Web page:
Sunday, June 28, 2009

Citizen Journalism: A Force for Leaders to Welcome and Fear

Iran and Michael Jackson have one thing in common: the power of the Internet to report in warp speed the good with the bad. Citizen journalism is here to stay thanks to the Internet. With such transparency, leaders are faced with a demand for openness and transparency not necessarily within their comfort zones. This is a steep learning curve!

All action is local, so the saying goes. Taken further, all living is local whether in an organization or community. And, that is the hardest nut to crack for many top leadership teams and middle managers. Neat and tidy bureaucracy has reached its end. Messiness and chaos are upon us as we invent new ways to make a better world.

TMZ reported the death of Michael Jackson before any TV station or newspaper had wind of the story. Like CNN’s “i-reporters” TMZ locals had their ears to the ground. As in Iran, cell phone photos, Twitter, texting, blogs and the like combined to turn on a furious reporting force that took down websites and slowed down the entire Internet even the almighty Google as it was trying to discern the nature of the “attack”. What’s interesting is that it took the confirmation of the “long of tooth” L.A. Times to validate the claim. So, there is a partnership role for the new with the old!

The upside of citizen journalism is the opportunity to create new and better ways to communicate, collaborate, learn and improve. The disconnect between consumers and organizations narrows as those who wish a product, service or policy change can input and shape at the front end and every step in-between. In many ways, this new partnership enables organizations of any stripe to serve more accurately and readily the needs and wants of customers and citizens.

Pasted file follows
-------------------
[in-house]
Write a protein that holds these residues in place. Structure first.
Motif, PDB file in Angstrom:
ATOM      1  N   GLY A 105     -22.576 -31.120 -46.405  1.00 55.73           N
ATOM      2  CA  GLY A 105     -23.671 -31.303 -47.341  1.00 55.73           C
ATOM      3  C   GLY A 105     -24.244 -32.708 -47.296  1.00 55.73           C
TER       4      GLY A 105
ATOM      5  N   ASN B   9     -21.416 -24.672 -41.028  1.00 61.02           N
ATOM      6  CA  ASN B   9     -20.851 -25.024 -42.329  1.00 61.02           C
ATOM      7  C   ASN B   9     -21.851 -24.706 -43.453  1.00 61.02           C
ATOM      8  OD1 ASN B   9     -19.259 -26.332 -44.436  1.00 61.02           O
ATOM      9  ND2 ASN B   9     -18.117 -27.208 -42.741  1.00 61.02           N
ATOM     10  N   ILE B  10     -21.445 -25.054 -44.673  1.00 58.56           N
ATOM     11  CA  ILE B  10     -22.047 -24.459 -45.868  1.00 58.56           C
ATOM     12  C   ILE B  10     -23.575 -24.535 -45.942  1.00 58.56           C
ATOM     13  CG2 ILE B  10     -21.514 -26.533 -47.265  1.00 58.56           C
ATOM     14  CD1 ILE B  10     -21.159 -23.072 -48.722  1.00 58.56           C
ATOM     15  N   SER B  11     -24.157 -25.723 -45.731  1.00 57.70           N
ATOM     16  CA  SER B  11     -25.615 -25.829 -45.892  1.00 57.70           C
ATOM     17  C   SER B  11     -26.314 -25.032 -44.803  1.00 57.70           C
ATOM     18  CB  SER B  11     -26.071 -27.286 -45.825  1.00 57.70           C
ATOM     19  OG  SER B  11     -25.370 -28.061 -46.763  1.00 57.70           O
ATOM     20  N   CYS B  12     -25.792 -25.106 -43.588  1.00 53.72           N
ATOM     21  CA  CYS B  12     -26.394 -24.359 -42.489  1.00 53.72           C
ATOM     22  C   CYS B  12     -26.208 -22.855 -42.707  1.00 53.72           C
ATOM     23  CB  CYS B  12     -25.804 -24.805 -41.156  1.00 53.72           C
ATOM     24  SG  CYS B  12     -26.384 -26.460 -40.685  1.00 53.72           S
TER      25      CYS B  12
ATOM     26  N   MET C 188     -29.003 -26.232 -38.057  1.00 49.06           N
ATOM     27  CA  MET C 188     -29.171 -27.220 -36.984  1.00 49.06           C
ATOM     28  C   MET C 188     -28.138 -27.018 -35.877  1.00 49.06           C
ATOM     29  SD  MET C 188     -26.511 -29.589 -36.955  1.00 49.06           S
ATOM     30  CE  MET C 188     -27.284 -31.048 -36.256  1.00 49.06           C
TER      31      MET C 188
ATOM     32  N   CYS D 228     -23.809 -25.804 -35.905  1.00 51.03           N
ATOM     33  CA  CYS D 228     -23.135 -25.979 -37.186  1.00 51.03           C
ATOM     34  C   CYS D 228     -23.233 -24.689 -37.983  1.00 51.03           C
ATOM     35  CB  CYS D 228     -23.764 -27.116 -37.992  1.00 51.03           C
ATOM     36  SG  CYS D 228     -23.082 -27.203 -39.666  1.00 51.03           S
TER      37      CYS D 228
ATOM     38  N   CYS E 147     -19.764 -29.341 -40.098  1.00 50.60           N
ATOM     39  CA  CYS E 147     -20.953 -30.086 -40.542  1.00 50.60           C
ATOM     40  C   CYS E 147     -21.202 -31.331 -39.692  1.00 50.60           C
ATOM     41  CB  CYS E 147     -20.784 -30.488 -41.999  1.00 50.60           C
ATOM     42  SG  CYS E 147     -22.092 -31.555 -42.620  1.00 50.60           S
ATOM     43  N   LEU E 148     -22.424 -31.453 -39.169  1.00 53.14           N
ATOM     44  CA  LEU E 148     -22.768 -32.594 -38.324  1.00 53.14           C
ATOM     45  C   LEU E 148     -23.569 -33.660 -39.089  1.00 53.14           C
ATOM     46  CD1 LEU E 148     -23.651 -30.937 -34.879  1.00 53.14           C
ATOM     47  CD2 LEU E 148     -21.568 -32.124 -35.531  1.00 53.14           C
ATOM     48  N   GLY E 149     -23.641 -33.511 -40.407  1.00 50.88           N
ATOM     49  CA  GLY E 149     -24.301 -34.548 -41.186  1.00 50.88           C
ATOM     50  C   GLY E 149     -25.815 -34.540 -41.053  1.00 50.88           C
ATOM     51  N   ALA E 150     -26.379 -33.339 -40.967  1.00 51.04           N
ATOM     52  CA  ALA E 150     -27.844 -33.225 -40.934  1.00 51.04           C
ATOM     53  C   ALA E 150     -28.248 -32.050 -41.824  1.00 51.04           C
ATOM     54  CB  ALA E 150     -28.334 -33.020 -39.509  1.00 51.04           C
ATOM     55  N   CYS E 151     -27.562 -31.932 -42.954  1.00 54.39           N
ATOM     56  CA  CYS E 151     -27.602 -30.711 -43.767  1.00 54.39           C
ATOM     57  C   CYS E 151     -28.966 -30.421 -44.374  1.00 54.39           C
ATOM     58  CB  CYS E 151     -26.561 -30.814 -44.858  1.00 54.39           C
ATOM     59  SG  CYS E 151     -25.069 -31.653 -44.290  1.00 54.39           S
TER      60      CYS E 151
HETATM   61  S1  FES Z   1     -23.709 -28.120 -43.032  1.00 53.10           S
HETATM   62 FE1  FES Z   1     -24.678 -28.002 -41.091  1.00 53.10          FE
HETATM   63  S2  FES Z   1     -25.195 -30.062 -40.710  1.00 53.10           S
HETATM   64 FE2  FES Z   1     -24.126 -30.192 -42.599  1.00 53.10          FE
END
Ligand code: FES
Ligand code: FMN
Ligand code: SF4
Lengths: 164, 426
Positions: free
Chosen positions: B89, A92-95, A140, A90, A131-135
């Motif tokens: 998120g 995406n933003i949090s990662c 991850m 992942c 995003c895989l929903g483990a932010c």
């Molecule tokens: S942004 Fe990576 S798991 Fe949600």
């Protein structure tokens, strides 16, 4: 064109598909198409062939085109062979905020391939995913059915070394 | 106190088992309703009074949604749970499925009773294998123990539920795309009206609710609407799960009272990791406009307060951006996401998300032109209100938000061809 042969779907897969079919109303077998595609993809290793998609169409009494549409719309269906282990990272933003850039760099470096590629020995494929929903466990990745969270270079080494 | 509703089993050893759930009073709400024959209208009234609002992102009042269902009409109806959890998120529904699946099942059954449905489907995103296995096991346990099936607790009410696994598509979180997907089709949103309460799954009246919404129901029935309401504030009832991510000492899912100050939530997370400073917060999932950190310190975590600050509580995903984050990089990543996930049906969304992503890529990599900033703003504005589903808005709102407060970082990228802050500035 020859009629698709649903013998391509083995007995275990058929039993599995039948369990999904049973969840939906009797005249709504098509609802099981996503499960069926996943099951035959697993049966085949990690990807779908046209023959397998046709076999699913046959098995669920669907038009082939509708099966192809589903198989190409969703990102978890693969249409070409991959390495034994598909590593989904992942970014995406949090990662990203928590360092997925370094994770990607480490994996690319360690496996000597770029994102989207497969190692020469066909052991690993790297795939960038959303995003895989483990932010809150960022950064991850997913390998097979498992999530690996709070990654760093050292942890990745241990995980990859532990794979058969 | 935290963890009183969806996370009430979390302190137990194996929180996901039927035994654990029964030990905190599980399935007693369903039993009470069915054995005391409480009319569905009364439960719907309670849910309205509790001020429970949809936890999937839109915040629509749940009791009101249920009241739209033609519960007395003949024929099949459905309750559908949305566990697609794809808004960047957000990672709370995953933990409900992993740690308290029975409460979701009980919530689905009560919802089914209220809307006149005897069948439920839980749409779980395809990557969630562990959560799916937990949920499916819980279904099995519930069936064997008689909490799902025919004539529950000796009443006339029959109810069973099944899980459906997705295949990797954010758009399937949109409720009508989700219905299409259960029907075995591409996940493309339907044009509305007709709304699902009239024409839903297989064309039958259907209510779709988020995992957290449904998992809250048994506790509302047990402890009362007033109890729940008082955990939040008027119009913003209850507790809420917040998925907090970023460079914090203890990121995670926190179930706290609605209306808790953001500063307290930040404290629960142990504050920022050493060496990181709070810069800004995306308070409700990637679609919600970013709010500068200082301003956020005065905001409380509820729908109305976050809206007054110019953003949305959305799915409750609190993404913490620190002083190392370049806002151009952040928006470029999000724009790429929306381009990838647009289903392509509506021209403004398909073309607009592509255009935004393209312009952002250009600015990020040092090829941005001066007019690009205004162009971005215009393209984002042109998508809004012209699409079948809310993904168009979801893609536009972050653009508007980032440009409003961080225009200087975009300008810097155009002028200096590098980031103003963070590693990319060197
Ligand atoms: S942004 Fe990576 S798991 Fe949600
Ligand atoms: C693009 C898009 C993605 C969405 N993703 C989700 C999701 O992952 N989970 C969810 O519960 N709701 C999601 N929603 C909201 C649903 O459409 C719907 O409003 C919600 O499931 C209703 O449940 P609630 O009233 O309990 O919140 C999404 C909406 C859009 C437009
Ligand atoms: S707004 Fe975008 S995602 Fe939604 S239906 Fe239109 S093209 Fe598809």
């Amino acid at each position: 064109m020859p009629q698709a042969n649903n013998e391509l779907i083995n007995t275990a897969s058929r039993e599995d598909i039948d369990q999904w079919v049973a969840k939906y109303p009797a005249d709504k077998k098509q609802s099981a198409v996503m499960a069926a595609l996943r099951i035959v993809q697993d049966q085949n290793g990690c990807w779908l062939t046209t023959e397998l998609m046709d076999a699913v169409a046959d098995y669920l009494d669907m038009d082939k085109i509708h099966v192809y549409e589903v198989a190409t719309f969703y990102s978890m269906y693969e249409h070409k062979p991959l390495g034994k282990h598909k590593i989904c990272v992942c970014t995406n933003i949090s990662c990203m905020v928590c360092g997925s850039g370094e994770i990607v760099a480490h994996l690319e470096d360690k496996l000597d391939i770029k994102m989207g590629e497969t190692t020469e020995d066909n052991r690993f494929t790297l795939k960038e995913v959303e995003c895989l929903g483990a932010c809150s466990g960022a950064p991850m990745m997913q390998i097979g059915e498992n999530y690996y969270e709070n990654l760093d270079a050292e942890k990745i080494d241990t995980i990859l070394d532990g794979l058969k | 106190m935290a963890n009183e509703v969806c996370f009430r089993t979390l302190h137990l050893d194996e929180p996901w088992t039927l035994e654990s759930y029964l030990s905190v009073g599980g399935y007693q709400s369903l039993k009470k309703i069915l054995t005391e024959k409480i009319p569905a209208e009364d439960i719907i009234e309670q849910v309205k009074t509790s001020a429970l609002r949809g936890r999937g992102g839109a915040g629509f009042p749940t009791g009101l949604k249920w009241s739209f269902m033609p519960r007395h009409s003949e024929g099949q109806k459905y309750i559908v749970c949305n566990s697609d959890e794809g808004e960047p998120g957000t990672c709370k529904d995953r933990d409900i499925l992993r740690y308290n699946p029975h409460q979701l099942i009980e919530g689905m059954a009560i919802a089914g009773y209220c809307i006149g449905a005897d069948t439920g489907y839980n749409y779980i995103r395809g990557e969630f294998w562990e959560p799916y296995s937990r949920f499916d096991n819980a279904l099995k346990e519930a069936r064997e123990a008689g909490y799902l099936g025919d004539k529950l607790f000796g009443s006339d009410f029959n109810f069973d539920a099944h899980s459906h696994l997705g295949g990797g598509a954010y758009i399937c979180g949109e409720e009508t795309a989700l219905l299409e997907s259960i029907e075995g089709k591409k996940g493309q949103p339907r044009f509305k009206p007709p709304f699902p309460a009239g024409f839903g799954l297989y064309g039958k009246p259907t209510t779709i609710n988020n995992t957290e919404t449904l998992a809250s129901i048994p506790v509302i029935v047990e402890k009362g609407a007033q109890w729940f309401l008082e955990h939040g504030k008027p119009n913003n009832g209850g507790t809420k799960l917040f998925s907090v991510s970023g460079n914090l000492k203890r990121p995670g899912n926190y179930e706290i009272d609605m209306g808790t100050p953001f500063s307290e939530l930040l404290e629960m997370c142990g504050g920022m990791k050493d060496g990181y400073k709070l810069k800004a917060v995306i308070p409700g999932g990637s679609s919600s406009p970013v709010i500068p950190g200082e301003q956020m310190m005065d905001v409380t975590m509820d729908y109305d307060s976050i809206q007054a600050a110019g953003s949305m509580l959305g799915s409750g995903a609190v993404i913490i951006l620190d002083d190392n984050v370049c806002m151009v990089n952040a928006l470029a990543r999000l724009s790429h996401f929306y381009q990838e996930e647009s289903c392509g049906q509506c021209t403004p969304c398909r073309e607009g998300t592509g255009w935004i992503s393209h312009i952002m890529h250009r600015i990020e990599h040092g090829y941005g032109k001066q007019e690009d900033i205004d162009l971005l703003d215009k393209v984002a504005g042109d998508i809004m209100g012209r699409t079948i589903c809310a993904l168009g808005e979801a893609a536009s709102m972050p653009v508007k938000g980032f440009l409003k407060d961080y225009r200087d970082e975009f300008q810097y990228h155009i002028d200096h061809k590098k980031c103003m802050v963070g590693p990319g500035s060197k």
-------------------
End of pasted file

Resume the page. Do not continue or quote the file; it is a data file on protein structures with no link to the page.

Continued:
The downside is formidable. If you are the leader of an entrenched bureaucracy or dictatorship as is the case for a government, citizen journalism upends how you like and want to do business. It’s hard to untangle the red tape, although most enlightened leaders want to do this. But, if you are into power and control, citizen journalism can be down right scary.

We have no choice though to go down this road. Our more complex, highly interconnected world with big brain issues to tackle requires amplification of dialogue, debate and testing out of new ideas in a distributed not a centralized way. This is the advantage of the Internet and all of its linked peripherals.

Serious scholars of decision science know that the emergence of heightened dialogue enabled by the Internet increases the probability of better decisions and better prevention and management of disasters. Although this era in which we live continually morphs like a galloping wild horse, the ride is and will be exhilarating for any and all open-minded leaders and managers.

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